With a heavy-lidded glare, a Boston town ranger bars the way to the town’s Business “Improvement” District annual meeting.The ranger – together with a colleague and a Boston police inspector – were waiting outside the Blenkin Memorial Hall in Wormgate to prevent a former BID director going in to ask a series of questions which he had submitted in advance.
Local accountant Darron Abbott – who resigned in protest at the way the BID was operating – had earlier been told by the BID’s chairman that he would be barred from the meeting because he did not have a proxy to show that he was representing a local business – and his own company was not located in the BID area.
Unfortunately for all involved with this act of personal censorship, Mr Abbott had taken the prudent step of obtaining an appointment as a director of a local business within the BID territory and as such was entitled to admission.
But none of the people seeking to prevent his lawful entry to the meeting would look at the proof when it was offered.
The heavy handed treatment he received sparked protests from others who had gone into the meeting.
Local florist Maxine Hill told Boston Eye: “The rangers were actually pushing him, and I heard Darron saying ‘don’t touch me, don’t push me …’
“I can’t see who the hell they think they are to say people can’t come into a meeting – it’s crazy …
“It was commented in the meeting that it was disgusting that he wasn’t allowed to come in. My thoughts were that he should have been allowed to come in, and to be kicked out if he caused trouble …
“He does have a good input to the meetings normally, but they just weren’t having any of it. I did say to them, ‘if you actually look at the paperwork he has in his hand he should be allowed to come in’ – but they weren’t’ interested, and I just said ‘I think that you’ll find you have egg on your face when you find out that you have illegally not allowed somebody to come to your meeting.’”
Ms Hill said that the meeting itself was “was much the same as always.”
She said she asked where all the directors were.
“There was basically Alan Ellis, the chairman, Councillor Carol Taylor who represents Boston Stump, the accountant who’s not part of the board of directors and Niall Armstrong, the manager – so there were two directors out of twelve there.
“Councillor Derek Richmond was there – but only for about an hour then got up and walked out.”
In terms of business … “It was already said that we were on track for the new Christmas craft fair, but I said aren’t you pre-empting that considering there a ballot in October – are you going to pay for it out of your own pocket ...?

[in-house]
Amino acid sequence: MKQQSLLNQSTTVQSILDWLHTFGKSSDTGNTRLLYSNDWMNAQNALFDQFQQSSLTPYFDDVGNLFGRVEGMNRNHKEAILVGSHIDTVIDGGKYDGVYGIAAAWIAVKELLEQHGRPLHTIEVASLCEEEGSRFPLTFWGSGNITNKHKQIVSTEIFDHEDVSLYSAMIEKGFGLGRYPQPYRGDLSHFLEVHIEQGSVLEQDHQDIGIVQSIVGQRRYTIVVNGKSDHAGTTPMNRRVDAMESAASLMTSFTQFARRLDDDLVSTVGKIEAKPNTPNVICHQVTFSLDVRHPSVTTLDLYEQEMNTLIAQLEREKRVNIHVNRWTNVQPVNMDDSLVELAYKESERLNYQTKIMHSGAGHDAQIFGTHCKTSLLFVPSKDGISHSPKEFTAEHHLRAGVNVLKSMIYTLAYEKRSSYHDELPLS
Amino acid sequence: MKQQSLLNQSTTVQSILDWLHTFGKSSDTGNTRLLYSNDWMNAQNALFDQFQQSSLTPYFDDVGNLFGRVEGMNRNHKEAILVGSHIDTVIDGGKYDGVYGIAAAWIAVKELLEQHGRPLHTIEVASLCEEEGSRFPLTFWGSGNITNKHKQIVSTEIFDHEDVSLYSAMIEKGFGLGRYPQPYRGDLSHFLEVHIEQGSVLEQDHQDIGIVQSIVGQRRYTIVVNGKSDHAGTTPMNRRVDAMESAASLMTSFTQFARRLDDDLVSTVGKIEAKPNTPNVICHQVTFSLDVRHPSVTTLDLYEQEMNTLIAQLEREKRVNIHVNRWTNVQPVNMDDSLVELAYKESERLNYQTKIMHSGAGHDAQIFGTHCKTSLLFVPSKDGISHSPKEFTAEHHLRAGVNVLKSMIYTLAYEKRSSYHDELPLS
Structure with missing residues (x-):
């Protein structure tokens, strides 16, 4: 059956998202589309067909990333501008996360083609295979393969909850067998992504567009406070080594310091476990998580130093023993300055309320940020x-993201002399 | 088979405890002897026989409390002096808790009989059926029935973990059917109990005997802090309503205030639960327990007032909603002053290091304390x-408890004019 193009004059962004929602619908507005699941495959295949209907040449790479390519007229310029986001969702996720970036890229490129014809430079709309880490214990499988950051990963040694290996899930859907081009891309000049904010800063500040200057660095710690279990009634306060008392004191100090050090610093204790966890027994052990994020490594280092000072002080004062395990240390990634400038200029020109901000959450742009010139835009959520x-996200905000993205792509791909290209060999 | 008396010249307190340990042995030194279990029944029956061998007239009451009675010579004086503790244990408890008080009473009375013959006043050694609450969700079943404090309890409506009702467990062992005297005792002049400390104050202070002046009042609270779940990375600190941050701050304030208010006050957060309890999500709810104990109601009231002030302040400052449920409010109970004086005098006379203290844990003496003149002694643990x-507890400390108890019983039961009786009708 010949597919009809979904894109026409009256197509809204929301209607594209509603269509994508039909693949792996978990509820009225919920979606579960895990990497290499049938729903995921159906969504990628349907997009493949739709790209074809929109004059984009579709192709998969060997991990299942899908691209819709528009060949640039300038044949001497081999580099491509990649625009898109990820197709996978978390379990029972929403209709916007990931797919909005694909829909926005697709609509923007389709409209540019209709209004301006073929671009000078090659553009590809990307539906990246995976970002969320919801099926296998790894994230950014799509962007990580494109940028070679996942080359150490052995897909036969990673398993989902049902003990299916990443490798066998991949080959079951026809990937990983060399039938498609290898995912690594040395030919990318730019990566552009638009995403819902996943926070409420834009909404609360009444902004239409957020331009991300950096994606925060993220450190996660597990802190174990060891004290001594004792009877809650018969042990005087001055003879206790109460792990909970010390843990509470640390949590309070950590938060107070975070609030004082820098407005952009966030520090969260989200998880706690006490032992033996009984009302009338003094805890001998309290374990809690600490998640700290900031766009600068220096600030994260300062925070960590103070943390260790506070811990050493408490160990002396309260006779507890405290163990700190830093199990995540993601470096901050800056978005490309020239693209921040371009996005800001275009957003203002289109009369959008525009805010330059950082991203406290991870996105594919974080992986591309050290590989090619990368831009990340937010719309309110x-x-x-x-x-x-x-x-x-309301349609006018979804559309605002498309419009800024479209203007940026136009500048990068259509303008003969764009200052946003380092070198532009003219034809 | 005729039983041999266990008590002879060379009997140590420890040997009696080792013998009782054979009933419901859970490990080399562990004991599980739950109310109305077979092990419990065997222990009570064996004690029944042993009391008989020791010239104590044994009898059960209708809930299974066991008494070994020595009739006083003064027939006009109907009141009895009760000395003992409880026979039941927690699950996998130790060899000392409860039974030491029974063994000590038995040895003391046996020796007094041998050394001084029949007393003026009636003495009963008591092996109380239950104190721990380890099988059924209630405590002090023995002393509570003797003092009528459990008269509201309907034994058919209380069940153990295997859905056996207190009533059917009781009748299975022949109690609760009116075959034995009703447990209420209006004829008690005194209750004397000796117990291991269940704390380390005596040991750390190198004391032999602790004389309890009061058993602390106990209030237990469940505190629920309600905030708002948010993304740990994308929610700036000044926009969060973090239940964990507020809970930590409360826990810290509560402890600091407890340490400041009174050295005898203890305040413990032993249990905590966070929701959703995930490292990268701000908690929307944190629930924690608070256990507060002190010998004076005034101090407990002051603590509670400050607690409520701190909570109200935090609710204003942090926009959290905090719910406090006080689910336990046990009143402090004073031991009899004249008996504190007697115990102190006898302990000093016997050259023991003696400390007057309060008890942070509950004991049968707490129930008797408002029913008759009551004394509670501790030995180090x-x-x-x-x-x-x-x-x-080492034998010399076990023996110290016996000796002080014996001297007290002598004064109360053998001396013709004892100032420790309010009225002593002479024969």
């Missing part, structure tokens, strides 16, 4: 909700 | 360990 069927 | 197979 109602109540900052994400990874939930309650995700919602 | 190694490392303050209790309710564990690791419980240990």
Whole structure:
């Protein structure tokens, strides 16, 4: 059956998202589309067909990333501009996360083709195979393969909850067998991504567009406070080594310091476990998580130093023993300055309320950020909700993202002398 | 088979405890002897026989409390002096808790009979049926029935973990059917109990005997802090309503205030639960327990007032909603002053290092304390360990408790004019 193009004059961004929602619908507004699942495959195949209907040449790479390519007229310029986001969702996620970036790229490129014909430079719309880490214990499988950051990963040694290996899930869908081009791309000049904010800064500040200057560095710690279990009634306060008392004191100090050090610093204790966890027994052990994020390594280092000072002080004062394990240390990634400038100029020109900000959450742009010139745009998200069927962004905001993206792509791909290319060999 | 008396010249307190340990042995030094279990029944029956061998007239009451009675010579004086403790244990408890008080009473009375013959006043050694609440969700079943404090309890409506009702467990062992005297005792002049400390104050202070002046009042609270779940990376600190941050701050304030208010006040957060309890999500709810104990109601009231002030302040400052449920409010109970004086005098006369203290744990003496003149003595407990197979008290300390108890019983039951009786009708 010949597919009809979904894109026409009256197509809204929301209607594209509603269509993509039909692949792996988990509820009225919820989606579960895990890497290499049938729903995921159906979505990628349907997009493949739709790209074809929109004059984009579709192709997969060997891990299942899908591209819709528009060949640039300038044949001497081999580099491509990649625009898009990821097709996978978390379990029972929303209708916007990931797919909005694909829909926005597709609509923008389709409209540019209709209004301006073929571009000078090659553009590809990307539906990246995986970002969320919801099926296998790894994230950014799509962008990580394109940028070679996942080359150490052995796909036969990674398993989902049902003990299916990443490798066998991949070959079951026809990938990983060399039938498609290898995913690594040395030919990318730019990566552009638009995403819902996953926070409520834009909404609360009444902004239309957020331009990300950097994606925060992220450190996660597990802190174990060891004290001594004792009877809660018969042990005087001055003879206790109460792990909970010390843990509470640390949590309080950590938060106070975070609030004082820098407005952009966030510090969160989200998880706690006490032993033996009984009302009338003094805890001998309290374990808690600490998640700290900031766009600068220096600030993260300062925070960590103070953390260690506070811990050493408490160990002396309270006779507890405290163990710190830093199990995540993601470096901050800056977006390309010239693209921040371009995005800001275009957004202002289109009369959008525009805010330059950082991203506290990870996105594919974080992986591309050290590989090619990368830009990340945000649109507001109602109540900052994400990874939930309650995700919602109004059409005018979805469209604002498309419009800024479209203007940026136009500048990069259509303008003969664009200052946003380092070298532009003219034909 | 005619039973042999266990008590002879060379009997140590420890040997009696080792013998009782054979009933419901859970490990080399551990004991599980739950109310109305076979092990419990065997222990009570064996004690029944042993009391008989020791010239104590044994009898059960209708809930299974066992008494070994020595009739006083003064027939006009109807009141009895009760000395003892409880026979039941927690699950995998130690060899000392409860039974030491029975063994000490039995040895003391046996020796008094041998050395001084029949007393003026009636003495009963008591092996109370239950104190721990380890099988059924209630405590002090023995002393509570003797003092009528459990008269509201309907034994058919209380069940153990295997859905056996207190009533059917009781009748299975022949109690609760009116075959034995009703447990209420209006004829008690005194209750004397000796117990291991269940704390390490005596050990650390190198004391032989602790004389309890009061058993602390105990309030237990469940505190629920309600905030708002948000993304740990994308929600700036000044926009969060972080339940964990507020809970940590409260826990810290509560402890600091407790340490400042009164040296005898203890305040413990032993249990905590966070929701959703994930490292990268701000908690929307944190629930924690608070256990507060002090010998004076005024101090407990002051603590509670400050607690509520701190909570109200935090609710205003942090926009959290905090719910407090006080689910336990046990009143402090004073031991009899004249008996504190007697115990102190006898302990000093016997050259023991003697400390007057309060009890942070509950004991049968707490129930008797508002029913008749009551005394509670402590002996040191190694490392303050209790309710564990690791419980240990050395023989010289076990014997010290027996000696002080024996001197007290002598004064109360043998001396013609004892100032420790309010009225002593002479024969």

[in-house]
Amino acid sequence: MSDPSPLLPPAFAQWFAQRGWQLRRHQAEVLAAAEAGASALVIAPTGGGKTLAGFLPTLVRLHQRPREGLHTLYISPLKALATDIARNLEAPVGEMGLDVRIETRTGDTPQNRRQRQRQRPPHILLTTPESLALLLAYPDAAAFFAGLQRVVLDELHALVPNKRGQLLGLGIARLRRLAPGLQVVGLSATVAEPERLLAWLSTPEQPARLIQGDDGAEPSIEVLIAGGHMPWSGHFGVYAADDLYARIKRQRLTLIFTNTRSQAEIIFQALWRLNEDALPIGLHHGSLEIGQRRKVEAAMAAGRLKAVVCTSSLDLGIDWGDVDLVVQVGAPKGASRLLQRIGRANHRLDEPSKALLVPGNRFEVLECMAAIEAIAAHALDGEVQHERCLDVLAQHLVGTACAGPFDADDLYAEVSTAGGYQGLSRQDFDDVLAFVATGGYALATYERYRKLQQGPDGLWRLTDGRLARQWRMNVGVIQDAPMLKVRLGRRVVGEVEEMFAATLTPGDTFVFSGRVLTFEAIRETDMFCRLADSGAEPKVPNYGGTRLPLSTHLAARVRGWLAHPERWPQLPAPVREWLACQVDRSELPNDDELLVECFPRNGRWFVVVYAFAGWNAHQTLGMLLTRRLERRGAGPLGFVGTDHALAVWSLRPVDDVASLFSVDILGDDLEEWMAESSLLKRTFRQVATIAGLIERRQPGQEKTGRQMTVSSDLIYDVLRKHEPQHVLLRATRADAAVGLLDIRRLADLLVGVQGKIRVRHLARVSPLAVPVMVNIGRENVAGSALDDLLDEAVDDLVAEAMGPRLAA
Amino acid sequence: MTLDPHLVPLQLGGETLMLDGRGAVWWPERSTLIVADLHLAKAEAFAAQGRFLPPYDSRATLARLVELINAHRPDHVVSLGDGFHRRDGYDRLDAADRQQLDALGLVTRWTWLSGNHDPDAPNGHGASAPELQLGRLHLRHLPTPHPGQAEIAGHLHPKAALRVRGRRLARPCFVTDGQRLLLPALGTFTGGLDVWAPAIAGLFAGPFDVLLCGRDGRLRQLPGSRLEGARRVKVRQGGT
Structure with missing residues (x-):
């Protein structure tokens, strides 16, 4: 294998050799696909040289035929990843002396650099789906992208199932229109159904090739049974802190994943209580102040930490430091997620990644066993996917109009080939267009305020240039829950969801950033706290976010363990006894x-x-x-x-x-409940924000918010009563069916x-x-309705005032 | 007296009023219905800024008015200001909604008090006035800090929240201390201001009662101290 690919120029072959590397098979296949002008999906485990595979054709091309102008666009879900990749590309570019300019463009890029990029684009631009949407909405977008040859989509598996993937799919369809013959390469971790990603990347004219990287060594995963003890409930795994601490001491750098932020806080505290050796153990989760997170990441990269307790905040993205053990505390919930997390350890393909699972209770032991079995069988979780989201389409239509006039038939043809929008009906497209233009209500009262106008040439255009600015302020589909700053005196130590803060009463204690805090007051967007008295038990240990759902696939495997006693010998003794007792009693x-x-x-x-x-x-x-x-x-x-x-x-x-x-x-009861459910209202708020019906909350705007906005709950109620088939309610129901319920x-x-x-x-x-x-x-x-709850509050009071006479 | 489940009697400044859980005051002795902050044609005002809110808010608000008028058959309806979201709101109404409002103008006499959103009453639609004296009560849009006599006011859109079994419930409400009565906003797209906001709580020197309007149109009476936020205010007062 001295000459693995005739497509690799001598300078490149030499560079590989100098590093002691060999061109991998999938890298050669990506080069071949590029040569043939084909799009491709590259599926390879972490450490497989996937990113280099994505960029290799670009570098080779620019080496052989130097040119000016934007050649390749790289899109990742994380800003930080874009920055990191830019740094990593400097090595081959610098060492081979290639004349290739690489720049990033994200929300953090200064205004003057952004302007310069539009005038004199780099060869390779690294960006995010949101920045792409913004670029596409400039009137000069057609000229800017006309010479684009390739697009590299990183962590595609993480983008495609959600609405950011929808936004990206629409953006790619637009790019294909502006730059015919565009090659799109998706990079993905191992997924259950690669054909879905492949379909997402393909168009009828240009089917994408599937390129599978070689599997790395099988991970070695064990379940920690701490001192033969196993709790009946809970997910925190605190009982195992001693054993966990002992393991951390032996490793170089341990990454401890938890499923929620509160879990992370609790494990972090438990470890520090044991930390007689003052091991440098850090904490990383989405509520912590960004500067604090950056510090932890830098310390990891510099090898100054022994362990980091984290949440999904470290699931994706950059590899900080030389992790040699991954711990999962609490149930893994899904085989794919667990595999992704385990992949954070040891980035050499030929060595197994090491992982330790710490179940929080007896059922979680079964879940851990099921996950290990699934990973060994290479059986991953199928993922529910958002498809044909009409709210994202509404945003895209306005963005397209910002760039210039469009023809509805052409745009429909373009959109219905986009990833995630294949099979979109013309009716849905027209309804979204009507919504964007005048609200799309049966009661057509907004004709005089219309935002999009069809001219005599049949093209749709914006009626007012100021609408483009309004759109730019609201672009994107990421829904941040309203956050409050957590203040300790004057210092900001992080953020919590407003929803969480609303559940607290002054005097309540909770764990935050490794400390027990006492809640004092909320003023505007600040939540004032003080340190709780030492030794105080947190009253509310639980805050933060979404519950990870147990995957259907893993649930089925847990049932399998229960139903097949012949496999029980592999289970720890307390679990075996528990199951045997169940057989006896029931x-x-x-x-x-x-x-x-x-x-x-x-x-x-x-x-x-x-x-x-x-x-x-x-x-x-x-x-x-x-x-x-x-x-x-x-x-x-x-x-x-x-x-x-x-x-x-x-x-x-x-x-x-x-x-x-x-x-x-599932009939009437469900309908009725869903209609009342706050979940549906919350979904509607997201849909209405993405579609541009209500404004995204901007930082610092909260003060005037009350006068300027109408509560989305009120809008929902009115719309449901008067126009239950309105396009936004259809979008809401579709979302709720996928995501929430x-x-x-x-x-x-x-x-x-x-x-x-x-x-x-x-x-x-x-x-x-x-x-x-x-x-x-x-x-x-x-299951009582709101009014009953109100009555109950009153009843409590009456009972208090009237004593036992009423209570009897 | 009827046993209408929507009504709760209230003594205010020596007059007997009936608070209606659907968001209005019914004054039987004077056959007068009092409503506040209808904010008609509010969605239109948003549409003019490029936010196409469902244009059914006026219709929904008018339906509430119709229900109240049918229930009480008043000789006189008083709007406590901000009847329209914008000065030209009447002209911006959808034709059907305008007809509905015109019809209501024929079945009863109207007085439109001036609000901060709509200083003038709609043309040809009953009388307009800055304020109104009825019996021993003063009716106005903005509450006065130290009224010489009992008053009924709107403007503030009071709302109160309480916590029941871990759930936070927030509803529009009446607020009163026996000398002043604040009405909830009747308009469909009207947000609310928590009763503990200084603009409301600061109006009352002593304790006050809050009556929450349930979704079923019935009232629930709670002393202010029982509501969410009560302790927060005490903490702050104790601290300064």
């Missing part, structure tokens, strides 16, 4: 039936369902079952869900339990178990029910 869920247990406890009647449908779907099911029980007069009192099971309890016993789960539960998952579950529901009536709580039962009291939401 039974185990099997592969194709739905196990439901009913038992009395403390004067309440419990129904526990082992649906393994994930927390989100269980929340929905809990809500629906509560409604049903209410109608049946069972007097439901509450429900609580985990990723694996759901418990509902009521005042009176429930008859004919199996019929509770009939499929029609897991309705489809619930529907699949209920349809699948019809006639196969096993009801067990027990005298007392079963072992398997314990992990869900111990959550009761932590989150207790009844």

There were lots and lots of questions as always on the finances. Someone asked for it all to be broken down, because I know about the Boston Beat money (a free concert planned but cancelled two years in a row) that’s gone AWOL – it was asked why it was that the event was not actually insured against cancellation – it wasn’t – I think it’s a figure of around £14,000 plus that has been lost.
She asked if they were going to get the money – which comes from the compulsory levy on local businesses – back.
“They said they’re ‘trying.’ Six months down the line they still haven’t got it, so I think they’re obviously wasting their time … they’re not going to get it but they’re trying to fob us off saying they’re still trying, but I don’t believe that for one minute.”
Ms Hill said there was “quite a bit of discussion” about the ballot in October which the BID is hoping will win it a second five year term, … and if people who threw their ballot papers away wouldn’t be counted as a ‘yes’ vote this time.
“They disagreed that that was how it was done, but obviously it was because a lot of people did throw it away because they thought it was just a circular and didn’t bother to read it properly but were counted as in favour …”
“People are saying to me that BID is a successfully run thing. Well, maybe it is, but not in Boston, never.
“In five years all they’ve done, they’ve got the town rangers and so far they’ve lost £15,000 that I know of.
“Have they lost any more in the past that we don’t know anything about? We got the Mary Portas money. I asked what was happening with that – no, nothing, no answer to that one.
“I really, really hope that the ballot goes the right way this year and Boston BID goes.”
Darron Abbott, meanwhile, has also questioned if the meeting was quorate – whether enough directors were there for the meeting to proceed under the BID’s constitution.
He said that only two founder members were present when three are required, and that no members of the Lincolnshire Chamber of Commerce members were there, when there should be at least one.
Mr Abbott has also filed a written complaint with Lincolnshire Police about the conduct of one officer, and second another who, he says, refused to take details of the complaint or let him report an allegation of assault.
We asked the following for a comment on the events of Tuesday night:-
Alan Ellis, Chairman of Boston BID
Councillor Derek Richmond, Boston Borough Council’s portfolio holder for the town centre and also a director of Boston BID.
Not one of them had responded by the time this blog went to press.
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